Faced with a crisis of representation (and, by extension, a crisis within easel painting), artists turned to abstraction. This move would encompass a wide range of responses, including works such as Fire (1948) by Polish artist Jerzy Nowosielski, in which a set of geometric shapes and lines floats against a white background reminiscent of the abstract art of historical avant-gardes. Elsewhere, the effort to dismantle representation went beyond the focus on painterly means of representation—point, line, surface and colour—and sought in fact to physically destroy them. Here, the image retreats as the canvas becomes a battlefield: Yves Klein sets it ablaze in his fire paintings (1962), while Lucio Fontana rips it apart in Space Concept (1963), as the experience of violence and destruction of meaning is reenacted.
If abstraction was one way to deal with this crisis in representational art, another response—in a gesture reaching back to Marcel Duchamp’s readymades of the 1910s—was to substitute depictions with the real thing. In investigating this penetration by everyday objects and mass culture into the realm of art, a series of exhibition spaces demonstrate that this trend in post-War art, despite so often being exclusively associated with the appearance of Pop Art in Great Britain and the United States, was in fact a common European phenomenon. This shared “Pop sensibility”(Alexandra Danilova, “In the Gap between Art and Life, Pop Sensibility in European Art 1950-1960s,” in Art in Europe 1945-1968: Facing the Future (Tielt: Lannoo Publishers, 2016), 288.) would manifest itself in various ways across the continent (such as the Nouveau Réalisme and Arte Povera movements), with artists seeing in real objects both an opportunity to move away from abstraction, and also to comment on the terrors of the market economy and the emerging culture of waste. Daniel Spoerri’s The Blue Table: Restaurant of Galerie J. (1963), consisting of a table mounted vertically against a wall—complete with plates containing remains of a meal—serves as a classic example of this trend in Europe. Importantly, this approach was also present across Eastern Europe and in the Soviet Union, where artists belonging to the unofficial or non-conformist scene similarly experimented with real objects and popular iconography in their artmaking to comment on the ruthless mass production not of consumer goods, but of Soviet ideology—as well as the dullness of socialist daily life. The presence of, for example, Oskar Rabin’s Russian Pop-Art No. 3 (1964), in which Andy Warhol’s Campbell Soup cans and Coca-Cola bottles are replaced with a bottle of vodka and a dried fish, and Mikhail Roginsky’s Matches (1960) and Wall with Socket (1965), which both zero in on the banal, support the exhibition’s argument of shared artistic sensibility more convincingly than the preceding section on abstraction.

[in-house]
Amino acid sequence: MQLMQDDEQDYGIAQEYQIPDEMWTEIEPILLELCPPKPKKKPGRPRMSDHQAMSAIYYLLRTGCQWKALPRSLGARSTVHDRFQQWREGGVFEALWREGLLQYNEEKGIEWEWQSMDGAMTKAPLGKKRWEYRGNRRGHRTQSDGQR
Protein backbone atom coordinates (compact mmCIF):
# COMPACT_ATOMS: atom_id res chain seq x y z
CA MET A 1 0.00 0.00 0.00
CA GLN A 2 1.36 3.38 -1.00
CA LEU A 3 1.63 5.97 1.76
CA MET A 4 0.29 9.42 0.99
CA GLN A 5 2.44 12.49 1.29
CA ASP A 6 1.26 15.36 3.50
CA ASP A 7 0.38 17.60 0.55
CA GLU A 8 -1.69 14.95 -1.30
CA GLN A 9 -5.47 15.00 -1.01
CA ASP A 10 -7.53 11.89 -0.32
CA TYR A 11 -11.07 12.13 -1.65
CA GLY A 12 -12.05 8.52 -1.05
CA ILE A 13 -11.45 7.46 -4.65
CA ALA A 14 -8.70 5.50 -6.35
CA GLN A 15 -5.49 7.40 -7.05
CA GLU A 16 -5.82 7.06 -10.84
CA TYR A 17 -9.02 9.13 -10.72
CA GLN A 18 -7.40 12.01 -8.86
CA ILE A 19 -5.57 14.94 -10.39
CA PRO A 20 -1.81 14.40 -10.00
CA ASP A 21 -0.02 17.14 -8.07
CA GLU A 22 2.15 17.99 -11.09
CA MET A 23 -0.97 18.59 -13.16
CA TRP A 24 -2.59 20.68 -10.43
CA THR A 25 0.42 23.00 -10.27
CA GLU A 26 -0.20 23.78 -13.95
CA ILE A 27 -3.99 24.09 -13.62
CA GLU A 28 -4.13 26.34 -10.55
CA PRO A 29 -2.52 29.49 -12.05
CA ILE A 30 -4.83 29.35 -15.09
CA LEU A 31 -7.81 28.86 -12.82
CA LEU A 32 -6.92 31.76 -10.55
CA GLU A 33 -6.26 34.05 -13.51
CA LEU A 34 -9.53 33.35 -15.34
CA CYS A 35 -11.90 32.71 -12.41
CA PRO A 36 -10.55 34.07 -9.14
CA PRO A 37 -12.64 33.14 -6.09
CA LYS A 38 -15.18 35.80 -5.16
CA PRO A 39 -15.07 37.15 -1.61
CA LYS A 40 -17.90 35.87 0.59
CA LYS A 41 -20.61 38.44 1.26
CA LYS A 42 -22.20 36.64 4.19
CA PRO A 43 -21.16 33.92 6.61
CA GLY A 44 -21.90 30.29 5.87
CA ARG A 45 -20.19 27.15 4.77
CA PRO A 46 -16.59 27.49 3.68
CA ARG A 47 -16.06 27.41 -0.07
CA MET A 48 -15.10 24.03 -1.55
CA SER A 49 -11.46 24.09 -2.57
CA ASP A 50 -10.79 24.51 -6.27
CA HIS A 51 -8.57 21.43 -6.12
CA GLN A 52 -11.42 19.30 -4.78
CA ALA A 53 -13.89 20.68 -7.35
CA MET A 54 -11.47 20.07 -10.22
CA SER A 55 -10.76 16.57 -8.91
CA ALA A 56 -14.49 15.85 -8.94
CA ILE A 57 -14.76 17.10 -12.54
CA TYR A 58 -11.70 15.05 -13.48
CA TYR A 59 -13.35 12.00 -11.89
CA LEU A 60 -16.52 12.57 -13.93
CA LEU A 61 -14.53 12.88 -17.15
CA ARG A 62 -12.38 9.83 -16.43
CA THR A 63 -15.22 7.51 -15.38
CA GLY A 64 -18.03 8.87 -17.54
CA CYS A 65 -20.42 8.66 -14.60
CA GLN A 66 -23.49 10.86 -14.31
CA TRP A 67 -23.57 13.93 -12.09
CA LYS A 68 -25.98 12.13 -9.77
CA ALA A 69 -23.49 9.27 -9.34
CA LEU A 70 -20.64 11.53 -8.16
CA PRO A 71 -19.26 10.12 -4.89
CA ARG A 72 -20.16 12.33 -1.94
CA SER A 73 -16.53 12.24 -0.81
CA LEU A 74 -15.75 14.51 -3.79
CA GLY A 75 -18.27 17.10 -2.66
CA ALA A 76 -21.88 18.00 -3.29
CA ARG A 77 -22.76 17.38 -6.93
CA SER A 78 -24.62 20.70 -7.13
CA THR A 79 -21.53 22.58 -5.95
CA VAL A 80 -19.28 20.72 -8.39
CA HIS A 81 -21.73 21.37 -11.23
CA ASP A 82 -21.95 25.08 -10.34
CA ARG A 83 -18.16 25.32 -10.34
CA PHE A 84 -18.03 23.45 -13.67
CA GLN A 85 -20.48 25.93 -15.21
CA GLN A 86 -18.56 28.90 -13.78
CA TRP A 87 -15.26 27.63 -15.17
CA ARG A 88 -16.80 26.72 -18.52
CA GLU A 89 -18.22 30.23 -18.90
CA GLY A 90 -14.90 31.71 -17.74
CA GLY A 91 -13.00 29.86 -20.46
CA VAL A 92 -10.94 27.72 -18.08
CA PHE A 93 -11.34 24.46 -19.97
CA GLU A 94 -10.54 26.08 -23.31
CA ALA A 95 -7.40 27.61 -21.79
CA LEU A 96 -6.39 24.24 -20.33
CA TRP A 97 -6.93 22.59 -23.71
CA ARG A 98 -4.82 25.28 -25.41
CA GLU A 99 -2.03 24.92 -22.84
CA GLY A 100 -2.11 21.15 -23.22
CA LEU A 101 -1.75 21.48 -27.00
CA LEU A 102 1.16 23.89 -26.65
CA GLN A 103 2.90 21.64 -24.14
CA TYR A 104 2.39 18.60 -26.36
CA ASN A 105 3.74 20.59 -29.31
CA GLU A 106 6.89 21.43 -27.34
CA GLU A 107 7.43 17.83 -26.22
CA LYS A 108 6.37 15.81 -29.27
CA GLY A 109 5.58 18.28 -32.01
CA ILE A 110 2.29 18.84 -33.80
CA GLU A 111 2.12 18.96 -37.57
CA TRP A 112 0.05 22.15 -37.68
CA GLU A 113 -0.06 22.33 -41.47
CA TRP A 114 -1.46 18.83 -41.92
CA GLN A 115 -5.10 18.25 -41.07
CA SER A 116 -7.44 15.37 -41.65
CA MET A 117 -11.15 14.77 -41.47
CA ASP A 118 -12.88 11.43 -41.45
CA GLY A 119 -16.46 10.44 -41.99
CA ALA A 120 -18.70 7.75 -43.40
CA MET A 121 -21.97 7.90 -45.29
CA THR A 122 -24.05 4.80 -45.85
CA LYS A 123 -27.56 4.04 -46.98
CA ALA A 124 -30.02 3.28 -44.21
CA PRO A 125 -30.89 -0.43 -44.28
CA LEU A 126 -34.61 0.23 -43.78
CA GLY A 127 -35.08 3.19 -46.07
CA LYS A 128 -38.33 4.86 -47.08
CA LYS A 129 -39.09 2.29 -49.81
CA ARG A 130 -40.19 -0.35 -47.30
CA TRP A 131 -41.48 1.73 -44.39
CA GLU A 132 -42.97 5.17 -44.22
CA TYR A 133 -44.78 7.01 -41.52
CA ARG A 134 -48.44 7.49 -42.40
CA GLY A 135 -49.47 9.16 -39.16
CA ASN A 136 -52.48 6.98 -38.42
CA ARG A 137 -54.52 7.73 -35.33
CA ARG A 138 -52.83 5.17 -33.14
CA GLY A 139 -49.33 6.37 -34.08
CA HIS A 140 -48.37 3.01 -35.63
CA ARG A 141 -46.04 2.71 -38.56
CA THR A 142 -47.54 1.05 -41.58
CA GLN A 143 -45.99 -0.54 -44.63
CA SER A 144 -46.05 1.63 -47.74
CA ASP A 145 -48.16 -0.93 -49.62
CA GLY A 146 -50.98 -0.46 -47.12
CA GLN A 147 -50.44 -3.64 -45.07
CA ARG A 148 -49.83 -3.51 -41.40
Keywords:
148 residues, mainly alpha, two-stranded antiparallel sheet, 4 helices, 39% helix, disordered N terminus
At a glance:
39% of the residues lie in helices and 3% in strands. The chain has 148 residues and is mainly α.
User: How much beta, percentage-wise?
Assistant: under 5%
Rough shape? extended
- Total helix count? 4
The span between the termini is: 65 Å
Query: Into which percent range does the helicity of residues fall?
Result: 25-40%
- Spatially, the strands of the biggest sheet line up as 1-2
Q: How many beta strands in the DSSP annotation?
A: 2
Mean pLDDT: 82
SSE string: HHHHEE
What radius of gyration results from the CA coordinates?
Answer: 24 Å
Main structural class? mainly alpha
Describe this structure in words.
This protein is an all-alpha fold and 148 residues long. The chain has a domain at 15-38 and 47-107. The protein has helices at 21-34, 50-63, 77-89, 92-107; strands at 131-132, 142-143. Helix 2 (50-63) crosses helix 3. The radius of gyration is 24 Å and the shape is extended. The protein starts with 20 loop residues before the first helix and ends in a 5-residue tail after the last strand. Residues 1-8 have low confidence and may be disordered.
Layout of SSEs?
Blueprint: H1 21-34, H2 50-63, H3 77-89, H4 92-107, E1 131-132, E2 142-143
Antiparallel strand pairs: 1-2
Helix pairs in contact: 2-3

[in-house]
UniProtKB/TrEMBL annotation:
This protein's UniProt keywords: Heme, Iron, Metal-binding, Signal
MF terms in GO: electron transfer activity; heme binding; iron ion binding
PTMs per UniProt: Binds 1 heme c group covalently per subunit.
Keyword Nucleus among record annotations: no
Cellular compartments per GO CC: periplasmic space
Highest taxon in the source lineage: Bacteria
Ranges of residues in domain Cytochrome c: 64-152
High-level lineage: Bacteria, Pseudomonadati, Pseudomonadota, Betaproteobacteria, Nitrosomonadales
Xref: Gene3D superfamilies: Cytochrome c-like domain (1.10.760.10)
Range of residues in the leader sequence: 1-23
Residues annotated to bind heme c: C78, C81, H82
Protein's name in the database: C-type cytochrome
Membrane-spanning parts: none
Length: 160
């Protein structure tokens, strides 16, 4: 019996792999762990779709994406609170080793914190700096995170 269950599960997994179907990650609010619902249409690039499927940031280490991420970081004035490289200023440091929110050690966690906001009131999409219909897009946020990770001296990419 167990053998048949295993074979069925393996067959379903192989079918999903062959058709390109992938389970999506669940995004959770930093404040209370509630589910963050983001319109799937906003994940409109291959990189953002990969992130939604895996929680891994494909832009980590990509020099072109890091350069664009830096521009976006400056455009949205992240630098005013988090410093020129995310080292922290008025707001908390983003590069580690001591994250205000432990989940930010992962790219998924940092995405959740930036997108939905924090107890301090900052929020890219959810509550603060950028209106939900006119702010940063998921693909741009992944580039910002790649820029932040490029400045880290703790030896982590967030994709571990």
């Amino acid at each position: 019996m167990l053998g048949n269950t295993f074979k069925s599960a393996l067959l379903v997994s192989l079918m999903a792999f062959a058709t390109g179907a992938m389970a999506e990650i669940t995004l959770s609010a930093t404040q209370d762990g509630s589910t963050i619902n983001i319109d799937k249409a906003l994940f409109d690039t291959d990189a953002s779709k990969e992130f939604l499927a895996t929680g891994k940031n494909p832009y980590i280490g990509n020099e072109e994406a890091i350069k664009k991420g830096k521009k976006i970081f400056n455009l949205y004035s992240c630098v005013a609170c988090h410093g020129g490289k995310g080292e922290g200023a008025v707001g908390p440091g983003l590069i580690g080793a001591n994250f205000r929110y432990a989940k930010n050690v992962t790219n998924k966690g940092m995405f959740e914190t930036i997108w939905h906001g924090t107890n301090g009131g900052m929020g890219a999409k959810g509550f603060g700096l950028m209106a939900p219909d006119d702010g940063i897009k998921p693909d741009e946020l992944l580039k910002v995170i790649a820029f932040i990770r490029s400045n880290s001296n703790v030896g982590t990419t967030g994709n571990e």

This engagement with real objects and everyday life paved the way for the discovery of new methods, new materials, and new media—and thereby fuelled a range of, as the title of the subsequent section has it, “New Tendencies” in art. In focussing on how science and technology—and a widespread fascination with space exploration—served as an important impetus for artistic research across Europe, this section begins by paying tribute to a series of exhibitions (also entitled New Tendencies) that began in Zagreb in 1961, and from which this new art began reaching larger audiences. A range of Op Art and Kinetic Art pieces, in which color, light and motion combine into dizzying visual effects is followed by a section dedicated to Cybernetic Art, a movement which saw computer technology emerge as both a tool and medium for art. Among the works on display, a photograph of the first cybernetic sculpture CYSP 1 (1956) by the father of Cybernetic Art, Hungarian-born French artist Nicolas Schöffer is a highlight: in this photograph we see the first artwork with an “electronic brain”—a sculpture that moved around on rollers, responding autonomously to changes in ambient light and sound.
The exhibited examples of Op, Kinetic and Cybernetic Art, which are today for viewing only but with which earlier audiences would have once engaged directly by touching, altering, moving or setting in motion to produce an associated effect, are presented as a step towards a more participatory art. This exploration of participatory artistic trends culminates in a section that considers the phenomenon of Action Art. Selected pieces explore the shift in focus from artwork to artist, such as in Joseph Beuys’s The Chief (1964), in which the artist—laying on the floor, wrapped in a felt blanket, and surrounded by the audience—made the growling sounds of a wounded animal for hours on end, recalling his pain after his plane had crash-landed during the War. Other works explore a new approach to the exchange between audience and artist, such as Actual Walk along Novy Sv?t – Demonstration for All Senses (1964) and Demonstration of the One (1964) by Milan Knížák, who would produce bizarre scenes in the streets of Prague to distract passers-by from their daily routines. Fuelled by student unrest and discontent with the dominant political and economic systems, artists across Europe engaged in Action Art to explore the tense relationship between art production and political action, and the possibility of transforming everyday life.